This section evaluates the specific options for reforming the Military Departments that were set forth in Section E. No effort will be made here to compare these options with each other or to identify the most promising options for legislative action. Rather, this section seeks to set forth in the most objective way possible the pros and cons of each alternative solution. The options will be identified by the same number and letter combination used in the preceding section. 1. OPTIONS FOR DEALING WITH THE PROBLEM OF CONFUSION CON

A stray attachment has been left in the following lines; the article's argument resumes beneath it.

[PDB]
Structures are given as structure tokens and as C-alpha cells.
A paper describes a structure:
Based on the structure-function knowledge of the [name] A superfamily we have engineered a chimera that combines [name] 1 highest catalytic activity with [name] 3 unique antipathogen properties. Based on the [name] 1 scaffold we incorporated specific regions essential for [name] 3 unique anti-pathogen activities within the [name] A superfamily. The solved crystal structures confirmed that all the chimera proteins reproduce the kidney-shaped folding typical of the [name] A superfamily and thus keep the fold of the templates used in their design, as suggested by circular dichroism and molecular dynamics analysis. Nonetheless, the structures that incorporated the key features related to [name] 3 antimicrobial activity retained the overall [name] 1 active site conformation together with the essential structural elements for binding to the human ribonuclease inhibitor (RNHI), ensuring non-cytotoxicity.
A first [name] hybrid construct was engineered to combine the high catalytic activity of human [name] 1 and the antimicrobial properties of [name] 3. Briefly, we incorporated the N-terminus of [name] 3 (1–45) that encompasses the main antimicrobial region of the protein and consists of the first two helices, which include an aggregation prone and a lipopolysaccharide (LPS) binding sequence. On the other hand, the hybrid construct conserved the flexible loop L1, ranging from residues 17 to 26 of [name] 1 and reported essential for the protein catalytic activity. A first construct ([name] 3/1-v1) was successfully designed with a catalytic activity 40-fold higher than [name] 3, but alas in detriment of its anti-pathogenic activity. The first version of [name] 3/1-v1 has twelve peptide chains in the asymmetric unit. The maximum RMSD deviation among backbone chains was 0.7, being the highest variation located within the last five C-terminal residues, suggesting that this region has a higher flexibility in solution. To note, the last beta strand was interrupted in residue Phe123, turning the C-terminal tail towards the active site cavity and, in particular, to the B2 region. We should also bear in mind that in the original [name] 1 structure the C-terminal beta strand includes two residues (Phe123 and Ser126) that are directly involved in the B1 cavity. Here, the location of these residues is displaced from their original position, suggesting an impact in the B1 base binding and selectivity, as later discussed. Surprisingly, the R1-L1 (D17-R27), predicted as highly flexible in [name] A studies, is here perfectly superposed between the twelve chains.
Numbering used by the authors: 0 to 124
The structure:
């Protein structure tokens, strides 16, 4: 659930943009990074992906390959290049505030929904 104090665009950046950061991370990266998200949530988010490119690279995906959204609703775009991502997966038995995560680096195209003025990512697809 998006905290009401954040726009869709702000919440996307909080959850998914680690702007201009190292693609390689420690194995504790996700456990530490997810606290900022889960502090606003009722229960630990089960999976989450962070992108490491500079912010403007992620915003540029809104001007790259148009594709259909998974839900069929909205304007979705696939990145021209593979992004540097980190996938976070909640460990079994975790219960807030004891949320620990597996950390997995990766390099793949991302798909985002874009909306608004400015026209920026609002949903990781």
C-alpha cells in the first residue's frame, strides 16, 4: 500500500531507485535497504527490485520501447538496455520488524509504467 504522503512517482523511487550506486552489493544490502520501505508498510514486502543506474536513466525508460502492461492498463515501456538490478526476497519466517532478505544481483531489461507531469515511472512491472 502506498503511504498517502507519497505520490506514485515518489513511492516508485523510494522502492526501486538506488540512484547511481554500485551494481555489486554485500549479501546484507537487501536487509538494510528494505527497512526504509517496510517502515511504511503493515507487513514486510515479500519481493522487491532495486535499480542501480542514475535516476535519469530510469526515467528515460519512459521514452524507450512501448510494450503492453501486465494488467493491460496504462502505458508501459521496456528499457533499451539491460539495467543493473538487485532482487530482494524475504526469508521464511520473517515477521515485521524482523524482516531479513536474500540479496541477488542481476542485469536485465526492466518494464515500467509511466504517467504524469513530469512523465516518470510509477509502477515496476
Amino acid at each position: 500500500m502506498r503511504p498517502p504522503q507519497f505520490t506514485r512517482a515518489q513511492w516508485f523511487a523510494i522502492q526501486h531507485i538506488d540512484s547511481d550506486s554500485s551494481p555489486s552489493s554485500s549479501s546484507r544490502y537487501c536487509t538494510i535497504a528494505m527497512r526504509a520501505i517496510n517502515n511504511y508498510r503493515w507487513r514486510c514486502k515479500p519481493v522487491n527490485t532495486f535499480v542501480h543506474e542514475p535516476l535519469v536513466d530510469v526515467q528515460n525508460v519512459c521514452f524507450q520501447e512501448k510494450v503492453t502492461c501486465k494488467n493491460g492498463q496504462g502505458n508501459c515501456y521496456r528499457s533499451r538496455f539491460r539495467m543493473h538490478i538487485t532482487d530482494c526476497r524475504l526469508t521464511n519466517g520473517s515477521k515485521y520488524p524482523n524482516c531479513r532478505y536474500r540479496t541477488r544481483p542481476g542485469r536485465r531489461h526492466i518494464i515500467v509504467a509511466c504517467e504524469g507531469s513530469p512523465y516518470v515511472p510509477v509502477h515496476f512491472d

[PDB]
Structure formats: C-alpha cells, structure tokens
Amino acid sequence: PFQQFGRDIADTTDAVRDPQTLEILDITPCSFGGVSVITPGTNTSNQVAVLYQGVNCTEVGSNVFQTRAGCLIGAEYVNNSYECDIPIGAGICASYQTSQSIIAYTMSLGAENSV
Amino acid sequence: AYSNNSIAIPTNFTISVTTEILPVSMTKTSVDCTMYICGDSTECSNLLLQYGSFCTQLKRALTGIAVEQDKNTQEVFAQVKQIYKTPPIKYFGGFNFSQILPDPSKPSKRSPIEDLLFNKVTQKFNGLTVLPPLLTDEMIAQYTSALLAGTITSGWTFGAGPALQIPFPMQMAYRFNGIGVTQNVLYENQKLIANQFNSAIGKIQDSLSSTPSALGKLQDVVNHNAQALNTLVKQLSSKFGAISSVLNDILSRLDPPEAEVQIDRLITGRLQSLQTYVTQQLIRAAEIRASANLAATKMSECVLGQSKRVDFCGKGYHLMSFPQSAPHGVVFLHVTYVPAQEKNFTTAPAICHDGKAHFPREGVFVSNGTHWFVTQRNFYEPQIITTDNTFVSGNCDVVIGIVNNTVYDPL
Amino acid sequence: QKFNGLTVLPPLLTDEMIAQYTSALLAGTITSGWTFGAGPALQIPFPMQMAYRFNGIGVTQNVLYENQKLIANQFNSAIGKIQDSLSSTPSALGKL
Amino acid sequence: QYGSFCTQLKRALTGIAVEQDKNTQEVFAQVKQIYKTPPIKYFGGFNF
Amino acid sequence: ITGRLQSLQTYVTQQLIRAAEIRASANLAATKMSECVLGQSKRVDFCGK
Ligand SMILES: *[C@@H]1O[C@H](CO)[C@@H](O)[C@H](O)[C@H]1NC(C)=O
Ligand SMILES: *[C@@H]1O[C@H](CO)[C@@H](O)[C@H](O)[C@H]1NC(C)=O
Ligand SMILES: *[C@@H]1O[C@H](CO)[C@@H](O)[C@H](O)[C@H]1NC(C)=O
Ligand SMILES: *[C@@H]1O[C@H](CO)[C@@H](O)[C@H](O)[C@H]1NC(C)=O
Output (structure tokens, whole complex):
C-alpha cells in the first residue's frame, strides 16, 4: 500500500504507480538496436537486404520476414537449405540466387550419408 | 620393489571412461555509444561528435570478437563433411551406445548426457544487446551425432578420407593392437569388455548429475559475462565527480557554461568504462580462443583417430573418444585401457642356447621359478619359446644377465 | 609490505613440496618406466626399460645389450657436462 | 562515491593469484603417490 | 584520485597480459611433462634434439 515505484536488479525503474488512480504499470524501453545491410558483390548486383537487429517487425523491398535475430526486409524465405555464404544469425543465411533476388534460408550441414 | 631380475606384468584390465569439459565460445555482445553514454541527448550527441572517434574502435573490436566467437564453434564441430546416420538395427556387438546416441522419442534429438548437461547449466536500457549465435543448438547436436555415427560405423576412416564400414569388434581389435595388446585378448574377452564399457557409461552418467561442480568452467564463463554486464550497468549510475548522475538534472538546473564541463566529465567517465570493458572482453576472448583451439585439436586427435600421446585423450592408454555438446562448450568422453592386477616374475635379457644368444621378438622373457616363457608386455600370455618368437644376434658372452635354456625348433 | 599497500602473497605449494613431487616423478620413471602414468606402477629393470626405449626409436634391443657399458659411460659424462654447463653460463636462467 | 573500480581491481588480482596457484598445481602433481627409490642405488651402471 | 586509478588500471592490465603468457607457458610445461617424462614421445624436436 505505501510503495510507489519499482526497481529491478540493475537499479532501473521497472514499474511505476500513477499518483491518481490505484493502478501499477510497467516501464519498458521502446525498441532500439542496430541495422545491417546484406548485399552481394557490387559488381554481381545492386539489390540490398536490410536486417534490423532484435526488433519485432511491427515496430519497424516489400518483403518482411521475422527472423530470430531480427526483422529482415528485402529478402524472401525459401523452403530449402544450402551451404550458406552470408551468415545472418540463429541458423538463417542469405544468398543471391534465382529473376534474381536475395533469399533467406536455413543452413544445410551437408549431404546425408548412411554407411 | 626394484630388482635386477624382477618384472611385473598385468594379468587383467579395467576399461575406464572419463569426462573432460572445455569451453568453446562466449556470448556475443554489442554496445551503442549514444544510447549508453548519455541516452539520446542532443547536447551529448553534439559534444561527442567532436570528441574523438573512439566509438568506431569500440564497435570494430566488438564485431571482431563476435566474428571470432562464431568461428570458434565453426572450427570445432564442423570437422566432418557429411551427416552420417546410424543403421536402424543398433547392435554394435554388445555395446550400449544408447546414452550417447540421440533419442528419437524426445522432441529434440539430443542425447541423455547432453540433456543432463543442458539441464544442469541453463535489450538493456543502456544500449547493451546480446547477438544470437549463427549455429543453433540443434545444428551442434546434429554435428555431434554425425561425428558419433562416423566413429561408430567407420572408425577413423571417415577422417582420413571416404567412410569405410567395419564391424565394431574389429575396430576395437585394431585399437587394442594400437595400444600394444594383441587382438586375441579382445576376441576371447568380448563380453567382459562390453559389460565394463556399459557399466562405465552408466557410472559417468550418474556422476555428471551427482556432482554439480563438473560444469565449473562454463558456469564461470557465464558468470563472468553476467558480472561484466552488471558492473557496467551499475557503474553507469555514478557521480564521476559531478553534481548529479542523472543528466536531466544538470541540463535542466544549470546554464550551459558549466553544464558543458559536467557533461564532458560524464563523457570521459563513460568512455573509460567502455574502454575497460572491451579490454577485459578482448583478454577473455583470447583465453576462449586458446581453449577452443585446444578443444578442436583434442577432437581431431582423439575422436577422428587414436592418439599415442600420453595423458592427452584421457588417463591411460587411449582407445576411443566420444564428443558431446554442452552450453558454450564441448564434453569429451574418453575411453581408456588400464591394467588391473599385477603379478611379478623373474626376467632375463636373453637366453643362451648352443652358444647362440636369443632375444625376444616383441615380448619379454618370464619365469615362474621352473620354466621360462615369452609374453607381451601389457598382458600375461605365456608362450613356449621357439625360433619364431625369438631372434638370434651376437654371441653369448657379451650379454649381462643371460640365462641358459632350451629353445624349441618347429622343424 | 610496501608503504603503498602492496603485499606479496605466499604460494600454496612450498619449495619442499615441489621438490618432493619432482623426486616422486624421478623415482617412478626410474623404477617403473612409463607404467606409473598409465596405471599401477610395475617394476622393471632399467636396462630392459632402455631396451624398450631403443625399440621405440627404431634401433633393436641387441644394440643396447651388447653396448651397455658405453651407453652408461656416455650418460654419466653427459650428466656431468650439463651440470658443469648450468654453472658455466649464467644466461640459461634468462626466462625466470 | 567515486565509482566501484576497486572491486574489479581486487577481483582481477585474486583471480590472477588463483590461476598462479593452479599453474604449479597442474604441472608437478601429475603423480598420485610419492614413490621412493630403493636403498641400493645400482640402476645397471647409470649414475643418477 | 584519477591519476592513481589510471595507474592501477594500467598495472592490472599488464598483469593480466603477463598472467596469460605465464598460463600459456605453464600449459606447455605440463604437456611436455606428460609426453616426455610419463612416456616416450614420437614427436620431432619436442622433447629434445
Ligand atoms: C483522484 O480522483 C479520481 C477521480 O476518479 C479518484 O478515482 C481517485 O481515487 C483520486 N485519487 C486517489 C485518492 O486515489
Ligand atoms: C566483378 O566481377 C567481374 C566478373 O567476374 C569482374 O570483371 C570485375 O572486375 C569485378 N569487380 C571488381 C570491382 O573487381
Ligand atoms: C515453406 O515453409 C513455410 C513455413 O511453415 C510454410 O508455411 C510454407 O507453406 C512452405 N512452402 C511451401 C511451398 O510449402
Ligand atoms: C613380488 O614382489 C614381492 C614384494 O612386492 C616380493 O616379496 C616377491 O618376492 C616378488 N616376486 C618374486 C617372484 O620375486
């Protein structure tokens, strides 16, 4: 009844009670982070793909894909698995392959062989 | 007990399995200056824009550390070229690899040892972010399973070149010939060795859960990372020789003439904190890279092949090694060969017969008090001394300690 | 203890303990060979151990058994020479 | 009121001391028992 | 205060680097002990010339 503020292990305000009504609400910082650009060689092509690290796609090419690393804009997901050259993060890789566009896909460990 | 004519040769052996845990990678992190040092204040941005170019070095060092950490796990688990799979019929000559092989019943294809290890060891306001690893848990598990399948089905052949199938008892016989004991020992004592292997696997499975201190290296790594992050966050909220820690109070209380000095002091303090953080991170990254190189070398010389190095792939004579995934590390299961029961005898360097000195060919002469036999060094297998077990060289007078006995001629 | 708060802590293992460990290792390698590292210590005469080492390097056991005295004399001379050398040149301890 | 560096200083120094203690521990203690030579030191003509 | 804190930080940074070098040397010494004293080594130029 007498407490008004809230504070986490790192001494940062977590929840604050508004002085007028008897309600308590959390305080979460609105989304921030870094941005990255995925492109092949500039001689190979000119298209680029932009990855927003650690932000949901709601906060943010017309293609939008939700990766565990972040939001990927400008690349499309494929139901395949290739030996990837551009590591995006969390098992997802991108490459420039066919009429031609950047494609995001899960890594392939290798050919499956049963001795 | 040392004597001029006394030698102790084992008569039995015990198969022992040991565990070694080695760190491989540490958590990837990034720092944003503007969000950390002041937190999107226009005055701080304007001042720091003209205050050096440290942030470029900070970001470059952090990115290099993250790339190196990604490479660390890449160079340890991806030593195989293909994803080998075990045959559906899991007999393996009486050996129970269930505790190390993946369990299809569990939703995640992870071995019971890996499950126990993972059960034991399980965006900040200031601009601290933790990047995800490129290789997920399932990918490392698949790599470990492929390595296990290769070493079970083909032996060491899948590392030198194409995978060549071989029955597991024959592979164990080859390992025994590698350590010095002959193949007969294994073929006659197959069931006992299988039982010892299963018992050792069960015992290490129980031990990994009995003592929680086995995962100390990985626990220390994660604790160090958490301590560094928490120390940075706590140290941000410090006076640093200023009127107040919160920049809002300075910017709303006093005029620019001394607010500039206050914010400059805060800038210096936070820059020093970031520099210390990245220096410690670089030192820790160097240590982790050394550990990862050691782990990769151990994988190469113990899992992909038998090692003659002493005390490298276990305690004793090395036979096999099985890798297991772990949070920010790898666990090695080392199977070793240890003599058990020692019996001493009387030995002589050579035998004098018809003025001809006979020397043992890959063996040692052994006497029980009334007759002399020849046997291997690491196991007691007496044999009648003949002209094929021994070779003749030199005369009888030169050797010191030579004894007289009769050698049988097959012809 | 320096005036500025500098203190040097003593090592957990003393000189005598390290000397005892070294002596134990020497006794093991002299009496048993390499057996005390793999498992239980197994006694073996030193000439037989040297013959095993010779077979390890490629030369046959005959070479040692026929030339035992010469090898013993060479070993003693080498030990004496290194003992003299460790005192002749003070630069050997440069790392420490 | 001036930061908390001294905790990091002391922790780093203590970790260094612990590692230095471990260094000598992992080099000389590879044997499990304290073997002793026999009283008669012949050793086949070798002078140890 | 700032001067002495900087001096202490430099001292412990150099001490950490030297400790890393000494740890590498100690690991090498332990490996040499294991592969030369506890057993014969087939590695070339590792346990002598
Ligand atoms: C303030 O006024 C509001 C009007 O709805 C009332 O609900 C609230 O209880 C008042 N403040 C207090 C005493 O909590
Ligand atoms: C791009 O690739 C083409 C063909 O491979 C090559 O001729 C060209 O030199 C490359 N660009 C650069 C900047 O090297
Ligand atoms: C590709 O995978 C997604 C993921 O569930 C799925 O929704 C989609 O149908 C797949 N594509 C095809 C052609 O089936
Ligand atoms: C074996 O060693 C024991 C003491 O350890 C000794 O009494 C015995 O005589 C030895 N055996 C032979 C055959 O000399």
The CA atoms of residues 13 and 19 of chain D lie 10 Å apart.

CERNING THE ROLES OF SERVICE SECRETARIES The fundamental issue in evaluating options to solve this problem area is whether the Service Secretaries can play a useful role in the management of the U.S. defense effort and, therefore, continue to be needed. In other terms, the issue can be stated as whether the Service Secretaries are assets or liabilities to the Secretary of Defense in his efforts to manage DoD. Too frequently, the Secretary of Defense is likely to have viewed the Service Secretaries more as liabilities. The heavy emphasis that Service Secretaries have placed on their roles as advocates has added to the Secretary of Defense's problems. This has been especially true when Service Secretaries have used their independent political standing to vigorously pursue Service interests in external fora. Often the Secretary of Defense has been confronted with Service Secretaries who have sought to advance their personal agenda. Moreover, Service Secretaries have rarely brought substantial expertise to their positions. As a last point, the Secretaries of the Military Departments have been playing a diminished role in providing civilian control of the military.